Recently, worldwide investments in land have increased. Key triggers of the recent wave in large-scale land investments are the 2007-8 food and financial crises, with equity investors and pension funds now seeking new asset classes for investment. This is leading to land being regarded as just another commodity to be bought and sold by international investors and leads to landgrabbing. The term ‘land grabbing’ applies when land that was previously used by local communities is leased or sold to outside investors, including corporations and governments, which leads to local farmers and communities losing their land and access to livelihoods and environmental degradation. Landgrabbing occurs for the production of palmoil, but also for extractive industries like oil, gas and mining.

Many financers of large scale land acquisitions or agribusiness companies have adopted environmental and social financing policies that refer to international norms such as RSPO, UN Global Compact or the OECD principles. However, in reality it is difficult to see how these policies are being implemented.

Several organisations, including Friends of the Earth Europe, are campaigning to ensure that these landgrabs are stopped and are addressing investors to ensure they use their influence on the company to solve the problems of the landgrabbing companies and consider divesting if this is not done. Also the financers should develop and implement policies to ensure that investments in land do not contribute to conflicts with communities, deforestation or violations of the law in host or home countries;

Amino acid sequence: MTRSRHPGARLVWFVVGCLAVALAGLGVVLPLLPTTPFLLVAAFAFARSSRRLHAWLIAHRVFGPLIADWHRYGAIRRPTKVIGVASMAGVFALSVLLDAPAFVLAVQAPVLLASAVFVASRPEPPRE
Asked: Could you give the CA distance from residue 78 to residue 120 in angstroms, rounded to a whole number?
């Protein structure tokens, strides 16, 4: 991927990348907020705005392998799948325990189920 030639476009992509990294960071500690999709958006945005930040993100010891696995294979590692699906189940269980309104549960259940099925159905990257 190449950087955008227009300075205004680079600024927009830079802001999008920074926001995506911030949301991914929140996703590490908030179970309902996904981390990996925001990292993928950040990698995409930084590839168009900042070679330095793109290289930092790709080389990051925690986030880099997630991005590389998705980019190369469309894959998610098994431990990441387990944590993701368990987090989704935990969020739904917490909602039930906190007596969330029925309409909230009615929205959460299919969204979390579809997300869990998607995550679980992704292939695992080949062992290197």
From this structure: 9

European funded palm oil expansion in Liberia linked to social and environmental damage

European banks, pension funds and private equity funds have given financial assistance worth more than €450 million to Malaysian palm oil giant Sime Darby, responsible for environmental degradation and violations of national regulations in Liberia, according to new research from Friends of the Earth Europe [1].

European banks fuel land-grabs in Uganda

Palm oil giant Wilmar International linked to community displacement and deforestation

European banks and pension funds continue to finance one of the largest and most destructive palm oil giants Wilmar International, according to new research released today by Friends of the Earth Europe [1]. Well known banks including HSBC, BNP Paribas, Deutsche Bank and Rabobank offer financial assistance to Wilmar valuing over one billion euro, and European and American financial institutions own shares in the company worth €621 million [2].

Wilmar International owns oil palm plantation and refiners in Indonesia and Malaysia [3]. New research from Friends of the Earth Europe links Wilmar’s subsidiaries on Kalangala Island, Uganda to land-grabs and violations of both national laws and environmental legislation [4].

The project has led to the deforestation of around 3,600 hectares in Kalangala and displaced farmers and their families with no compensation or alternative livelihood options, robbing a large number of islanders of their food, medicine, and livelihood.